Before enlightment: chop wood, carry water
After enlightment: chop wood, carry water
A common misconception is that an enlightened person simply drops out of everyday life and has no more need to engage in daily life activities, such as eating, maintaining household chores, or working. It seems that there is an inherent conflict between spiritual life and worldly existence, but this may not be the case. In Be As You Are: the Teachings of Sri Ramana Maharshi, a seeker inquires about engagement in worldly life where they inquire, “Is it possible to enjoy Samadhi while busy in worldly work?” Maharshi replies:
The feeling ‘I work’ is a hindrance. Ask yourself ‘Who works?’ Remember who you are. Then the work will not bind you, it will go on automatically. Make no effort either to work or to renounce; it is your effort which is the bondage. What is destined to happen will happen. If you are destined not to work, work cannot be had even if you hunt for it. If you are destined to work, you will not be able to avoid it and you will be forced to engage yourself in it. So, leave it to the higher power; you cannot renounce or retain as you choose.
So what is work and service then? As Maharshi reminds us, all is the Self, therefore, all is a modification of God, and the perceived separation from worldly life and a spiritual one is imaginary. If engaged in worldly life tasks, such as a part-time job, service to the Self may still be engaged here though it may not be apparent to the untrained seeker. The duty to work and make a living to sustain the body-mind may be there simply as a lesson of discipline for the ego, thus acting as a necessary tool for learning in order to eventually become free from this condition. However, I am not stating that all activity is God-like, because anything that is done for purely selfish (egoic) motivations isn’t God. The ego, paradoxically, is God and at the same time it isn’t; as it is there to teach us exactly what isn’t God through pain and suffering so that one can eventually become free from it.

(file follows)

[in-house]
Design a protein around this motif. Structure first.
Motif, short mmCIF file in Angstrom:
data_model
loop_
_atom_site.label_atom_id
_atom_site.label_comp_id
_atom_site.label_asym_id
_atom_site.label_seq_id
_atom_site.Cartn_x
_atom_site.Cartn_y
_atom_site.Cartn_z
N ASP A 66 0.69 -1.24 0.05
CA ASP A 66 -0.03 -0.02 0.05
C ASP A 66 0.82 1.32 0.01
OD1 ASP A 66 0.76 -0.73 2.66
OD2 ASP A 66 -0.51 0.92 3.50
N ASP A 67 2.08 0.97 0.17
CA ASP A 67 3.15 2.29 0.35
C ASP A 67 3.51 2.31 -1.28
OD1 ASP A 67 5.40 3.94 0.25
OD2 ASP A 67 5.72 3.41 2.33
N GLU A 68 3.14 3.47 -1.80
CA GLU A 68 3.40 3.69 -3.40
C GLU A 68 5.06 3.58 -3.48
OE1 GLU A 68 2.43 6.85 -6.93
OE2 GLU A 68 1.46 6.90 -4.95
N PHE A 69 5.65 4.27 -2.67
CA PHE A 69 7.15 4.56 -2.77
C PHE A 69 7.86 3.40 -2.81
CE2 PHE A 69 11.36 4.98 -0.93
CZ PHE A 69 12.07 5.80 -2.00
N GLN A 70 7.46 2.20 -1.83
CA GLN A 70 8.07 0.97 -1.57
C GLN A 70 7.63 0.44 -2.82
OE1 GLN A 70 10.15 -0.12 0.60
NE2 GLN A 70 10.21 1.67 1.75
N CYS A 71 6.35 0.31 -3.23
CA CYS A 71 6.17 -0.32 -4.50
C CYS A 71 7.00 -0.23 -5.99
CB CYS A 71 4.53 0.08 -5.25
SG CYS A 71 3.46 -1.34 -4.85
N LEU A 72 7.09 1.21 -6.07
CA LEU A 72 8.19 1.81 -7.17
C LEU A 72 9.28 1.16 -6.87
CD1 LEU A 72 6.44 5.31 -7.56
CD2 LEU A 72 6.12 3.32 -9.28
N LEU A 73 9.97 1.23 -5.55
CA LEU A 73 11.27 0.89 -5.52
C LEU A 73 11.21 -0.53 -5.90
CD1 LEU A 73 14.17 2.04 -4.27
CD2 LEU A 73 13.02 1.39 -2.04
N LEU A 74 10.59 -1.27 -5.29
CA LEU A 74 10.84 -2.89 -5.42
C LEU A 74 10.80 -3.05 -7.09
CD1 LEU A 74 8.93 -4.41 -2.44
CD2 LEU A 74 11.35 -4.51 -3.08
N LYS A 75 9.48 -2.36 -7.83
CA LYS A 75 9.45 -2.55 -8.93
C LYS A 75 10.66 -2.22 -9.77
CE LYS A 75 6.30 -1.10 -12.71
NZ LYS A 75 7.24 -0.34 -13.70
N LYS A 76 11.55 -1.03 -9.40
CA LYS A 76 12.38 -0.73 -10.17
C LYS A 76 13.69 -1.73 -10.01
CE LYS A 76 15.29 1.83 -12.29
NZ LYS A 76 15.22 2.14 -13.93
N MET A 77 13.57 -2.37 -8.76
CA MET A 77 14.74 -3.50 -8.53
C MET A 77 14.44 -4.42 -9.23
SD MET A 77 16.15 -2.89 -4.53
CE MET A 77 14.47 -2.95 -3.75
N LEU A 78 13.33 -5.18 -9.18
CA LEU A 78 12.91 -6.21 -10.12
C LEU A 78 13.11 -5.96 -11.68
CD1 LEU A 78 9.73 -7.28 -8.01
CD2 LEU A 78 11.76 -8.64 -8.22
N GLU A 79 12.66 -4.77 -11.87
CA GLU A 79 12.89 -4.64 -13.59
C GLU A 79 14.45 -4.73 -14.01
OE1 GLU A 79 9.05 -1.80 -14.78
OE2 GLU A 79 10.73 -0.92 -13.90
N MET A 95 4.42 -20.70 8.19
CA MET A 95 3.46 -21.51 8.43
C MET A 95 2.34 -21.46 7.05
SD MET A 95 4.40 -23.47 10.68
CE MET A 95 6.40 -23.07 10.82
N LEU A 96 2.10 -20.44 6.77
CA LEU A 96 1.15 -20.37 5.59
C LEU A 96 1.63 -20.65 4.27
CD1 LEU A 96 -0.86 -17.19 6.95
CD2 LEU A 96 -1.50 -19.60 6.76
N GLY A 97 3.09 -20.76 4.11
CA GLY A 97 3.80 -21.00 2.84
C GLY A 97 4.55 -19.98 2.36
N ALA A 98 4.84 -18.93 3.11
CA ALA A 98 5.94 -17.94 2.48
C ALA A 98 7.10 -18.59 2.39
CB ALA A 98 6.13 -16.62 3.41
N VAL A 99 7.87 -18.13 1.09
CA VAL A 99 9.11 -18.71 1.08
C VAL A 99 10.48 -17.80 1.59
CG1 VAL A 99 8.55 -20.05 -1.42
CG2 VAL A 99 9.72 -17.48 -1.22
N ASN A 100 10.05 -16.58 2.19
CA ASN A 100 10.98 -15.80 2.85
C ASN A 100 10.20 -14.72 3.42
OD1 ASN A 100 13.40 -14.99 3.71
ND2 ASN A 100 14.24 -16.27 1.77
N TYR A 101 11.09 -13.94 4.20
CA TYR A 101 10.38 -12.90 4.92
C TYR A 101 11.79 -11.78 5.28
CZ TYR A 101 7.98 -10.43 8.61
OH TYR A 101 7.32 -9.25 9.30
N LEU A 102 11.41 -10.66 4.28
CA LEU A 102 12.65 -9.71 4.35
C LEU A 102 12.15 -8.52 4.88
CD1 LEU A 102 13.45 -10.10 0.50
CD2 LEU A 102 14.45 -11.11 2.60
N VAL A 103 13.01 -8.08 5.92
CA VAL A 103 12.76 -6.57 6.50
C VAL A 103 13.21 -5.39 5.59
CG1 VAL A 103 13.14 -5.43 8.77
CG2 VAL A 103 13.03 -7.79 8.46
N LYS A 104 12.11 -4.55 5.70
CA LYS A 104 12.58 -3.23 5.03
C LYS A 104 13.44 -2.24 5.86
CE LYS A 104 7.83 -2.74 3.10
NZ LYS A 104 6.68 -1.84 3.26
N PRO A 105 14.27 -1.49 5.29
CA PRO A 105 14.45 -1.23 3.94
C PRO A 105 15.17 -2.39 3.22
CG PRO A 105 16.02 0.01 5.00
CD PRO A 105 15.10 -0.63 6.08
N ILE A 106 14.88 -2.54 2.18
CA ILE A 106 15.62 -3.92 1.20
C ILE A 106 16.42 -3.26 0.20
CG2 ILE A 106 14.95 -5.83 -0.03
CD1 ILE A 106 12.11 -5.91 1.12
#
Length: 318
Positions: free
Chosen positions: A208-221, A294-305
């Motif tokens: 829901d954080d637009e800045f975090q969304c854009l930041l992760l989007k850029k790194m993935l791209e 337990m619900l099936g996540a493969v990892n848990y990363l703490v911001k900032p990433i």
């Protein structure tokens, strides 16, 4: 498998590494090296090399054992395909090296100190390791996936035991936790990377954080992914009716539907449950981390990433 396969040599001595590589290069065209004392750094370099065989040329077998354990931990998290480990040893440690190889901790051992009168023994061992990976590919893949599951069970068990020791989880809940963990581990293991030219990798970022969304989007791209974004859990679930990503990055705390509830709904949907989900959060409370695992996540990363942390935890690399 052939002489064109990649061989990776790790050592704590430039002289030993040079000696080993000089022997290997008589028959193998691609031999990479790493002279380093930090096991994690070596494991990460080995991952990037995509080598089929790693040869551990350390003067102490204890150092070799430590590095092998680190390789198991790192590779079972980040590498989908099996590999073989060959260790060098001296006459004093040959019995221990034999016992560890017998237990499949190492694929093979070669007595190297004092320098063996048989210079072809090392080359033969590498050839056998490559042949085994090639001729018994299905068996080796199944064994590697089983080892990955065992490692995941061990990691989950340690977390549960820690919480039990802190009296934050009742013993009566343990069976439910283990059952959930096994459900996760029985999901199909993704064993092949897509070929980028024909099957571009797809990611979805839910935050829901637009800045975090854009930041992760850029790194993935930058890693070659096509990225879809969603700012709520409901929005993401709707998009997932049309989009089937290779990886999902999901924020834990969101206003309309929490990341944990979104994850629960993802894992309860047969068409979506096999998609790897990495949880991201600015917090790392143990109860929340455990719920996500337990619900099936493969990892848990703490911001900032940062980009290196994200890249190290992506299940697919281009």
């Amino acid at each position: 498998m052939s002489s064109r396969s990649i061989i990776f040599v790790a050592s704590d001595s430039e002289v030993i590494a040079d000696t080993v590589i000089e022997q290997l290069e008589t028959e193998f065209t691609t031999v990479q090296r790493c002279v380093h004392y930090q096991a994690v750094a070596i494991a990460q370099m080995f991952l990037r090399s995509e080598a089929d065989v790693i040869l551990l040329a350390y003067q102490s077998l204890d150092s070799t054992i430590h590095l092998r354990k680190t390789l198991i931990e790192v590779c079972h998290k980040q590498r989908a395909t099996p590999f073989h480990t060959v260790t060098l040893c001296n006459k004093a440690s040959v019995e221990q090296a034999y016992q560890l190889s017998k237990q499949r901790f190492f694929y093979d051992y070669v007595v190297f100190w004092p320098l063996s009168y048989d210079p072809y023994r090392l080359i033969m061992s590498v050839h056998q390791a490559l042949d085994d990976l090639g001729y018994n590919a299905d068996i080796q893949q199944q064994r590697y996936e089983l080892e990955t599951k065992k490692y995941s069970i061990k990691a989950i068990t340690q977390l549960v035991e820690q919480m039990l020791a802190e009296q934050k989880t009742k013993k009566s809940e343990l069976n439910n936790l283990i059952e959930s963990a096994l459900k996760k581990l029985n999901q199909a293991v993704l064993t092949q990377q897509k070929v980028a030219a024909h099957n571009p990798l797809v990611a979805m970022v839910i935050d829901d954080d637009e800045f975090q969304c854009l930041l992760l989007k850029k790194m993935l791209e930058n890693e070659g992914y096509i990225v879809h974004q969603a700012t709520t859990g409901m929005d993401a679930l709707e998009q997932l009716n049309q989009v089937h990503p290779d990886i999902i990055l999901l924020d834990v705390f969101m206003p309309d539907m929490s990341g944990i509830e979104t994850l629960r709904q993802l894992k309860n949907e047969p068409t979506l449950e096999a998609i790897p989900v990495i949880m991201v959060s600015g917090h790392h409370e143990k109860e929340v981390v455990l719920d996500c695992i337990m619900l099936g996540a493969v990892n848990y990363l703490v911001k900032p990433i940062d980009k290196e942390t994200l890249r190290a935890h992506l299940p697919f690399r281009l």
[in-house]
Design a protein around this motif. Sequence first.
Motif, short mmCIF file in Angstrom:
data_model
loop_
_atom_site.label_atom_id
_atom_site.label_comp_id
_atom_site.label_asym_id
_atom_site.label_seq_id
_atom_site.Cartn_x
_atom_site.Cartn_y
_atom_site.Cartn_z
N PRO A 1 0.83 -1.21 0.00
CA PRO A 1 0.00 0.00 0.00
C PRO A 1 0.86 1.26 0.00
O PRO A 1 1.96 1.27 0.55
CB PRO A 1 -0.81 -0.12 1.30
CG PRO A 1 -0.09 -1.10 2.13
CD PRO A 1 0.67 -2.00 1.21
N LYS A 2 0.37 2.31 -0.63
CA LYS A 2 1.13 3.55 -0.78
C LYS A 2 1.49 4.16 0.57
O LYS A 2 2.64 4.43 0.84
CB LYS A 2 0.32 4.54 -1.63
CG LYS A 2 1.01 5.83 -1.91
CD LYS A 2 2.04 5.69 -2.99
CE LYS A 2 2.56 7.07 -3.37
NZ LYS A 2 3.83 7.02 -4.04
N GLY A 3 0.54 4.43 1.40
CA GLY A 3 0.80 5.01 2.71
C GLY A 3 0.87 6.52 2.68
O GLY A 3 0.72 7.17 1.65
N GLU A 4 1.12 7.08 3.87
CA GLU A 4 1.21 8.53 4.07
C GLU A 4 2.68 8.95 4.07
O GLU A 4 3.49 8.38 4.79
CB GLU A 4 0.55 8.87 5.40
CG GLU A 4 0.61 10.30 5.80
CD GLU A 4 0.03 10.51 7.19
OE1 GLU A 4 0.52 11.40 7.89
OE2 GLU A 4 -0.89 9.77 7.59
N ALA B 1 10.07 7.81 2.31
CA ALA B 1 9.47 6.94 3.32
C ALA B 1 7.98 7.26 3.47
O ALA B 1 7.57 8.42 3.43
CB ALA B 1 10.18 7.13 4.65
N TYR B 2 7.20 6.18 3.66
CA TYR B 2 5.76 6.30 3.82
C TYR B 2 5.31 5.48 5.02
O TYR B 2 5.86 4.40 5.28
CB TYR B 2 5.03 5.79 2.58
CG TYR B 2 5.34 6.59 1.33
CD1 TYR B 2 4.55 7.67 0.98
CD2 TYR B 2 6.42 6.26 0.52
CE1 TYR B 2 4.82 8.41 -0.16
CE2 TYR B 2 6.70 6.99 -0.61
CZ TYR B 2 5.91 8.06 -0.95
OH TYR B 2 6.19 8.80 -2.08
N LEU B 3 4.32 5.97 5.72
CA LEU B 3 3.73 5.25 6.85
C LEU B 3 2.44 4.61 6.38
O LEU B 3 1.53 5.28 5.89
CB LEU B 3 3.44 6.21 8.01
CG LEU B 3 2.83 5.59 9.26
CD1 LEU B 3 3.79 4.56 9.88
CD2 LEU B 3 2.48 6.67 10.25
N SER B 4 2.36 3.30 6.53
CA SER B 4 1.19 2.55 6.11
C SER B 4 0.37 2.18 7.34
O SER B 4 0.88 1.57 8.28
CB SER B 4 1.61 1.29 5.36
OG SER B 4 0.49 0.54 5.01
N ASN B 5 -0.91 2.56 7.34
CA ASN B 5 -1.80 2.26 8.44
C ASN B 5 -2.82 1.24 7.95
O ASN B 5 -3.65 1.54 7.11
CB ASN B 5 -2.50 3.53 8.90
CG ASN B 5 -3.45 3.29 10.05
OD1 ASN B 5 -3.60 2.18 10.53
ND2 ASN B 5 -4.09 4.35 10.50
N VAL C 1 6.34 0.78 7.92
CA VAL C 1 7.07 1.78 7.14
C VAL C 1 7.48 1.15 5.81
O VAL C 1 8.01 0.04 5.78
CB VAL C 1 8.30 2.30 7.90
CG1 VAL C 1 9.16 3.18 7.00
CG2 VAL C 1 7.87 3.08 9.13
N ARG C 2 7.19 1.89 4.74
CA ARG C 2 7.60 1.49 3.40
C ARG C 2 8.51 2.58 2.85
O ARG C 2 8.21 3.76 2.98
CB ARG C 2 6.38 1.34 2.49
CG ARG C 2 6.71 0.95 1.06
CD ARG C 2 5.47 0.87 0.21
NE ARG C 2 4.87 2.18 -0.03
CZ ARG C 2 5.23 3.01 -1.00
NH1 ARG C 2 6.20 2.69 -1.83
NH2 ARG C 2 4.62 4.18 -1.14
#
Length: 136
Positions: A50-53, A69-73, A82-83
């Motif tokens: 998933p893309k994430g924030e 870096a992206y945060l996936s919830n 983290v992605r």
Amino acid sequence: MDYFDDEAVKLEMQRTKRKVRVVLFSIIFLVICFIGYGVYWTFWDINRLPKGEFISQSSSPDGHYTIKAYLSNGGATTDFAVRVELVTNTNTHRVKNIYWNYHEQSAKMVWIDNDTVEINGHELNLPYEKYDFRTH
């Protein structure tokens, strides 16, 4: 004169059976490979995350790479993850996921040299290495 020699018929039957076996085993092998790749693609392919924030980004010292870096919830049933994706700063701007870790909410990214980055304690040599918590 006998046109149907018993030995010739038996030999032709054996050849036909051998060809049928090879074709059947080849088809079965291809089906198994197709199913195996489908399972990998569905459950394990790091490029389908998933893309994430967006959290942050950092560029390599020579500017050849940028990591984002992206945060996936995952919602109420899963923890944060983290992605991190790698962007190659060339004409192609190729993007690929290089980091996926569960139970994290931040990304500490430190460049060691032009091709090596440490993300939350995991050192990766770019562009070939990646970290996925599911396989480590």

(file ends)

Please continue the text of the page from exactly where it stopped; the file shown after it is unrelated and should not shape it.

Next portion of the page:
So, going back to our proverbial enlightened person who continues chopping wood and carrying water: what is the deeper meaning here? Why would one carry on in engaging in menial life activities after understanding something as profound as God? What would be the point after the fear of death is gone in continuing to engage in activities that serve to maintain the body-mind? Actually dis-engaging from these worldly activities would again be falsely perceiving one as a separate self, because as Maharshi puts it, not attending to work still means identifying with ego. He explains that, “Attending to the Self means attending to work. Because you identify with the body you think that the work is done by you. But the body and its activities, including that work, are not apart from the Self.” So neglecting work would be neglecting a part of oneself through the action of falsely identifying work as separate from the higher Self. The key is to engage in work without preferences and without selfish motivations, not to avoid such activities an individual may dislike altogether, for our higher Self has no likes or dislikes.
So the difference now with our proverbial enlightened person is that while they may still engage in life activities, they are now happy doing this work, accepting it as God’s will and therefore work as well. Without personal motivations and desires, work becomes duty and service to the Self.
Maharshi, Sri Ramana. Be As You Are: The Teachings of Sri Ramana Maharshi, edited by D. Godman. London, England: Penguin Arkana, 1985.